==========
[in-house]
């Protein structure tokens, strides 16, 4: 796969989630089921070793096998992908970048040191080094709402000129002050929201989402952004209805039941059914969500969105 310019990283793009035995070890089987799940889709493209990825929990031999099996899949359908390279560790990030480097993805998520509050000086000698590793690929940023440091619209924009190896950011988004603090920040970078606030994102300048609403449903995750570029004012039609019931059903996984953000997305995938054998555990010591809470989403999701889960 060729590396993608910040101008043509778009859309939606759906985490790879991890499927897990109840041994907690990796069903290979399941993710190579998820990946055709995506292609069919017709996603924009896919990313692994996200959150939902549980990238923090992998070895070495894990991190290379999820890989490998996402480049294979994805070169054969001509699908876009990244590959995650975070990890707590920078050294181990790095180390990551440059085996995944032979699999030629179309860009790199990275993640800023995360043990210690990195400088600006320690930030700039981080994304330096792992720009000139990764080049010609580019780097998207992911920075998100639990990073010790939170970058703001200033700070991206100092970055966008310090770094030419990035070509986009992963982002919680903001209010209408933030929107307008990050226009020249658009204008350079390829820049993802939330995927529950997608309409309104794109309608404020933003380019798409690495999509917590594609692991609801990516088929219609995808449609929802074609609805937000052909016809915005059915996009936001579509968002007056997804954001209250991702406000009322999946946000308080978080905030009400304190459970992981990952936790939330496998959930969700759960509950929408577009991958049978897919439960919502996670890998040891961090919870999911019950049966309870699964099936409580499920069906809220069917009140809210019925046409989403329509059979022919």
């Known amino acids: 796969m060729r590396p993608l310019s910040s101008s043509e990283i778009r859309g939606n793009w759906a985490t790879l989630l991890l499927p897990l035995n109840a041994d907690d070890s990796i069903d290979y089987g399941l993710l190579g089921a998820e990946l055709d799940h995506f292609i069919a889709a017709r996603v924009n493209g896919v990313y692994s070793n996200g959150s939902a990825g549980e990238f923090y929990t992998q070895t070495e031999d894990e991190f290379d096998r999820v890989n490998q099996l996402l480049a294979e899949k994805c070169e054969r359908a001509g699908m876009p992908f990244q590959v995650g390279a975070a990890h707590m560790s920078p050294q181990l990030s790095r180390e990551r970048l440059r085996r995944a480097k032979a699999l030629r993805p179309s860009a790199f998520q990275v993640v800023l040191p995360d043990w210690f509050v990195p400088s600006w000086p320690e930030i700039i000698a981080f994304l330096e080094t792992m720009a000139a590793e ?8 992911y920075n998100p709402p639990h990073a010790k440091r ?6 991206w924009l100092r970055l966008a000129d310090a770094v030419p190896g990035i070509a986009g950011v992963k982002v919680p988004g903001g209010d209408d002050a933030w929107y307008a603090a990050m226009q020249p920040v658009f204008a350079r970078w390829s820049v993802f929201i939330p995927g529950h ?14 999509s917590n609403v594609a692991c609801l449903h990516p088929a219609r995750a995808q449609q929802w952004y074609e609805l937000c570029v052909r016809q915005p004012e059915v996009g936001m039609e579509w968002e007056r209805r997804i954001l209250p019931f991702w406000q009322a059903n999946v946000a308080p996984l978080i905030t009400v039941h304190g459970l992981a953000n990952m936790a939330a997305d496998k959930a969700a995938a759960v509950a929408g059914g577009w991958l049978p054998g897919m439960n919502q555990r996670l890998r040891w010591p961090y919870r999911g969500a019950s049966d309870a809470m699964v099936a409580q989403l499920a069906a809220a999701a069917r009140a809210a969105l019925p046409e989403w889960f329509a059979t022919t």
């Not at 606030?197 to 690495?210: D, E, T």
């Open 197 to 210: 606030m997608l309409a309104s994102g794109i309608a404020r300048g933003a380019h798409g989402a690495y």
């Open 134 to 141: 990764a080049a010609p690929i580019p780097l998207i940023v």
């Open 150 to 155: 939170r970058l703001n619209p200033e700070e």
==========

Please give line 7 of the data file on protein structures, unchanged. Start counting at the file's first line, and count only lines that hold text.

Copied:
């Open 150 to 155: 939170r970058l703001n619209p200033e700070e």